When I first watched this documentary in 2000, I seem to recollect that I was a bit snarky, a bit squirmy, a bit eye rolling ... okay, a lot judgmental. Raised a Catholic, I was vaguely aware of "The 700 Club", "PTL". hair-sprayed ministers, the unusual practice of congregations raising their hands during moments they found particularly inspiring and ... money. There seemed to be an incessant connection with the love of God for you out there in, sinner that you were, and how much money you could donate to religious structures of embarassing architectural awfulness. Additionally, no seemed to like homosexuals, working women and all horrified to the soles of their shoes at reproductive rights and choices.
And so, in 2000. Miss Tammy Faye's unique and particular make up, shoulder pads the width of football fields, caught up in a maelstorm of her husband's intimate preferences outside of marriage and ... money -- oh, my dear, how pitiful, how embarassing, what a spectacle, what a joke.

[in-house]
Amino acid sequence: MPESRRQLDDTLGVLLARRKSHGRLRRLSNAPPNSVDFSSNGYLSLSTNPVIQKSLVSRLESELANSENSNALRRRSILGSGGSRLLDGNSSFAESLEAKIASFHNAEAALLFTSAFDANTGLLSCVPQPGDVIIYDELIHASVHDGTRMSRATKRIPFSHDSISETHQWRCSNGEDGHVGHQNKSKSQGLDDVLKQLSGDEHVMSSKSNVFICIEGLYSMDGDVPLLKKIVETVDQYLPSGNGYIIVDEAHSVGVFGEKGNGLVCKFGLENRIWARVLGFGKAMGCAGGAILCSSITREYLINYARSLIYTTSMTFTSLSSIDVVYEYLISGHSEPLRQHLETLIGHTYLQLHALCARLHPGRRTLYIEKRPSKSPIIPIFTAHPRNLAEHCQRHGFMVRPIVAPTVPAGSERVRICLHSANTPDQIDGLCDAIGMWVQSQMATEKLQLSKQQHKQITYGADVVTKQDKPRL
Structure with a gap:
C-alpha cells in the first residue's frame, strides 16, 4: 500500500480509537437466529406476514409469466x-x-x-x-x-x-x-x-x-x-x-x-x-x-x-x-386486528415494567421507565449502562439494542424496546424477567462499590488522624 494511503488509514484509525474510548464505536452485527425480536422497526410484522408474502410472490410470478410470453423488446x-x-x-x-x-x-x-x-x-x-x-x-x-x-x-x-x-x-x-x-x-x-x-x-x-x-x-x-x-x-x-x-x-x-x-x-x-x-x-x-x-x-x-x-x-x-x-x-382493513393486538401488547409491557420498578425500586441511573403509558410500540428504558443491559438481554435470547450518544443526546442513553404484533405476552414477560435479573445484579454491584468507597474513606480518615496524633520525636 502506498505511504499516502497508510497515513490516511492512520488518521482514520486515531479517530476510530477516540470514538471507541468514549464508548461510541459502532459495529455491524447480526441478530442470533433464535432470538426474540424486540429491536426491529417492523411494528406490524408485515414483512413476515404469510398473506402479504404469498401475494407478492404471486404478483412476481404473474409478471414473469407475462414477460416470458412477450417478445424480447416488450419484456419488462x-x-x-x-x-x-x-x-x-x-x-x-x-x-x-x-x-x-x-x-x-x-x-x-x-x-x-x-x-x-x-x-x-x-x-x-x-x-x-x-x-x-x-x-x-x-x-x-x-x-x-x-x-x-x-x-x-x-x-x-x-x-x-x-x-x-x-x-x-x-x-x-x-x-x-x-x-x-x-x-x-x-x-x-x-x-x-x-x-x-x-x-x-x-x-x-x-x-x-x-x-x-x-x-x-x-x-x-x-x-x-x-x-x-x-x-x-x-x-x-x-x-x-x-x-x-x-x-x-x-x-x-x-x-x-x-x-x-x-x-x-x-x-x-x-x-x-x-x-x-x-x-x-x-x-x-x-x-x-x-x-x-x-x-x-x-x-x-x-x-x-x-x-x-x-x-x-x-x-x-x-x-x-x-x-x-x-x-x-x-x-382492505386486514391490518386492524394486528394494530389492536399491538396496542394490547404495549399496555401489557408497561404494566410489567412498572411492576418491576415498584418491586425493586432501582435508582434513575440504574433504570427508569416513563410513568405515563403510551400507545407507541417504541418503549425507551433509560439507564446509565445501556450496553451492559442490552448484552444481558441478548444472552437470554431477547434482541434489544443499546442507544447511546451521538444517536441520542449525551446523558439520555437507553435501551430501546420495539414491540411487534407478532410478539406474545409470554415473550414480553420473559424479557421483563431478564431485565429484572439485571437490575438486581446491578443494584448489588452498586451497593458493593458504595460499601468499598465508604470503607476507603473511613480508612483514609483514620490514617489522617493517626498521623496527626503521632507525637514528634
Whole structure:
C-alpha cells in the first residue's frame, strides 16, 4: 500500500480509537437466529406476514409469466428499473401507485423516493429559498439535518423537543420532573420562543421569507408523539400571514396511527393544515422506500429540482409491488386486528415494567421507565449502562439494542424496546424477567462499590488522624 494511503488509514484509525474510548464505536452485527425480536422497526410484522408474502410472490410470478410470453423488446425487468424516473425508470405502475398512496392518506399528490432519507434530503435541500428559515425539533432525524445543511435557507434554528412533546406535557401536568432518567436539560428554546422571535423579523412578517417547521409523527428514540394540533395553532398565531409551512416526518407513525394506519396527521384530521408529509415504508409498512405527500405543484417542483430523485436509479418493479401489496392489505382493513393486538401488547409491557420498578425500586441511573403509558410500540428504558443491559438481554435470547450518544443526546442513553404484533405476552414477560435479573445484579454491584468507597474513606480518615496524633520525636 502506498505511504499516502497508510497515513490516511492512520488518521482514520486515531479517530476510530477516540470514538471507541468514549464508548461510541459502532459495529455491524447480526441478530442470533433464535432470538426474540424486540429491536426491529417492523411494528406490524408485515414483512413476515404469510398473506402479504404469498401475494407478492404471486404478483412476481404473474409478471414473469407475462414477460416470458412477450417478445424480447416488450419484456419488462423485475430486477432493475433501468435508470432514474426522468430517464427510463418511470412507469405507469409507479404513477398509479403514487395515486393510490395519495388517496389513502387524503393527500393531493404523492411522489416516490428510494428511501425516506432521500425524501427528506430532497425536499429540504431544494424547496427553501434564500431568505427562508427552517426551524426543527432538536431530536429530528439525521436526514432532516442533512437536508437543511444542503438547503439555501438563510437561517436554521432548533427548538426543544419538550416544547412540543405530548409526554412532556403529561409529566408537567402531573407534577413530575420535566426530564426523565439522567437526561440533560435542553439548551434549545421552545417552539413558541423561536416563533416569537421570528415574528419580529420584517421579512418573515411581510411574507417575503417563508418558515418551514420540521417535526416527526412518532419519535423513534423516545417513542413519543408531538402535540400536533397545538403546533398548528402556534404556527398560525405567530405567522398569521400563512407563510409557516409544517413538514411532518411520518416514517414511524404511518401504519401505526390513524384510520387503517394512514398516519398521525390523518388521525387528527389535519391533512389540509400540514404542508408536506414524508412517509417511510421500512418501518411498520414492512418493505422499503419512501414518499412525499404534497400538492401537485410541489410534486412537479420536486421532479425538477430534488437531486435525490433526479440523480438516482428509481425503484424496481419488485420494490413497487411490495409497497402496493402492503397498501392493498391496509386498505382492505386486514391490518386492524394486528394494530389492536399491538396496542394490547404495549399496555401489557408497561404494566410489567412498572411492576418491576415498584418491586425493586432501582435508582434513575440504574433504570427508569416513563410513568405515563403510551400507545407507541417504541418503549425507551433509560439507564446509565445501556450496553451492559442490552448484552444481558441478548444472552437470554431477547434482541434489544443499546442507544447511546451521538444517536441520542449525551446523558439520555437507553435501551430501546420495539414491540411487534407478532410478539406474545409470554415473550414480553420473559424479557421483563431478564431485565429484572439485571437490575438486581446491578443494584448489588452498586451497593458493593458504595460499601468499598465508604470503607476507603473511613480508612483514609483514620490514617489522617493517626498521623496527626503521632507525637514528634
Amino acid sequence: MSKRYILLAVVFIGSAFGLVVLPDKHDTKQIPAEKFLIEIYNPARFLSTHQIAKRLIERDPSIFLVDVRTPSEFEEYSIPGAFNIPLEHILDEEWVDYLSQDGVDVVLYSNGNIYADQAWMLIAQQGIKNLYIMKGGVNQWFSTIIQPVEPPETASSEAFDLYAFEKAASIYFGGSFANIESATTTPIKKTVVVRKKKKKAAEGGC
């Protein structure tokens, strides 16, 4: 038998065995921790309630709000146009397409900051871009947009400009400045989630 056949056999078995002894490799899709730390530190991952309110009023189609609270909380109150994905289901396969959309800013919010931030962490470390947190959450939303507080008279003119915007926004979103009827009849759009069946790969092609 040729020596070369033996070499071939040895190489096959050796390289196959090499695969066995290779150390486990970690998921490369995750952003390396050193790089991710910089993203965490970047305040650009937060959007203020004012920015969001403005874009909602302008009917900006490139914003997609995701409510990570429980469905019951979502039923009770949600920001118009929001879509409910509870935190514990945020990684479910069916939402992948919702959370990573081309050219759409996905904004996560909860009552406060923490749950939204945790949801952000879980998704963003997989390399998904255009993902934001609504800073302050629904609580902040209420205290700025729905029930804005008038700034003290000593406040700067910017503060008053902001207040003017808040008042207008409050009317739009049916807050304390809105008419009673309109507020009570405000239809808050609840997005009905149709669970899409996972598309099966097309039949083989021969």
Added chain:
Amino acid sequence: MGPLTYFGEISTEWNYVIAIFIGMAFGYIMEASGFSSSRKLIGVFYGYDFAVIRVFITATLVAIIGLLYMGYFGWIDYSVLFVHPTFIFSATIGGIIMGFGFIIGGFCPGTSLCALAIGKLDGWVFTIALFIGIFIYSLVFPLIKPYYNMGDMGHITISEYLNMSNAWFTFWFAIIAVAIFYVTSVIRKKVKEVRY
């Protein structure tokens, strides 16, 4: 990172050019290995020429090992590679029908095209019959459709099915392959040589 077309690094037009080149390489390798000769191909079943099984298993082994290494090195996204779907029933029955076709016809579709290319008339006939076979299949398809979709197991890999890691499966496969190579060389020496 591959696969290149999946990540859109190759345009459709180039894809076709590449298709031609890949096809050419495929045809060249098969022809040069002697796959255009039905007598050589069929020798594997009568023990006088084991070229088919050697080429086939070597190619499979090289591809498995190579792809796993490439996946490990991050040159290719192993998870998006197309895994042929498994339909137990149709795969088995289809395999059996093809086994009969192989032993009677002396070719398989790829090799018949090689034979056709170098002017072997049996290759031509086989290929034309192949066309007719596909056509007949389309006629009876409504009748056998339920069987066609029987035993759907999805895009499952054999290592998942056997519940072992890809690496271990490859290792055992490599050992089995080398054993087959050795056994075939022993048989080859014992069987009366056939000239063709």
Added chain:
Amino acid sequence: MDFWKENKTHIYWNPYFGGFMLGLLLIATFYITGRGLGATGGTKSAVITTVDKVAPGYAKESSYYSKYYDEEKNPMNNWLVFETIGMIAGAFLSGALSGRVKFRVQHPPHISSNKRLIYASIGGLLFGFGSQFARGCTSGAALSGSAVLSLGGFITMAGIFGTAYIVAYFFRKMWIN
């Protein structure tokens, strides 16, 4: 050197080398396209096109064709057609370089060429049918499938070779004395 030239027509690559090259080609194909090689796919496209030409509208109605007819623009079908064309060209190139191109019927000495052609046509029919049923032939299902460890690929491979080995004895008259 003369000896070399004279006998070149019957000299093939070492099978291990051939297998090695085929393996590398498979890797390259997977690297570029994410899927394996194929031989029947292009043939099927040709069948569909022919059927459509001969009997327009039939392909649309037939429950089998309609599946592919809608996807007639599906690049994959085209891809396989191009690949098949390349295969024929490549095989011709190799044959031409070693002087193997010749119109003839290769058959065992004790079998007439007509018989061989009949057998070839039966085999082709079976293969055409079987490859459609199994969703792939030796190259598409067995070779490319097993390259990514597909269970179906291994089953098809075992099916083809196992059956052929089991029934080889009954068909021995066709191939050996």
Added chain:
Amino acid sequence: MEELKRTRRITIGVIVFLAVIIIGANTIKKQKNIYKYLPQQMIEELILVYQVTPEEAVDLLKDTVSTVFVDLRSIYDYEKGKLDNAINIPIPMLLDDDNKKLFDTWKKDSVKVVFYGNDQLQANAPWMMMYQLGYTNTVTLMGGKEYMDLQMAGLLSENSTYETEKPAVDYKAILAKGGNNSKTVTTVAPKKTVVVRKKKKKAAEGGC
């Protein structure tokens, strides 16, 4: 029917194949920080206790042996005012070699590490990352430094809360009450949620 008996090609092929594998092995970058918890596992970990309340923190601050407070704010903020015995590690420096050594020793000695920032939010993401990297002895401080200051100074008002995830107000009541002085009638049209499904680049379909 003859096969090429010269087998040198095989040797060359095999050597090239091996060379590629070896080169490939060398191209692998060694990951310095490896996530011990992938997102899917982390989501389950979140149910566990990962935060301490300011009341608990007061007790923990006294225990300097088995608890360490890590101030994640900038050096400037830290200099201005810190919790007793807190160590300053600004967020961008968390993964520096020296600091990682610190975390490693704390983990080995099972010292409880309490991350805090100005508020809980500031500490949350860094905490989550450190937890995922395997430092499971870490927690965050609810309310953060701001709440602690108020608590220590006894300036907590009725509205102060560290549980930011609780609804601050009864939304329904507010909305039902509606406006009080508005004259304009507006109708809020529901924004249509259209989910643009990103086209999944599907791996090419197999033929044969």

Twenty one years has changed my view of this insightful, respectful, life-affirming documenary, narrated with warmth by RuPaul. I now see a woman of vibrant faith -- her faith, the faith which worked for her and for which she in turn tirelessly worked -- and incredible courage. She put to shame the poseur suits who toppled the Bakker's enterprises, although I sense those enterprises did need a significant wake up call.
I chose to revisit this glimpse into the many journeys travails, choices and sacrifices of the woman I had unknowingly and unfairly maligned as I had to look through Tammy Faye's eyes and into my own. Damn, she had guts! Sing long, lady, in the choir celestial!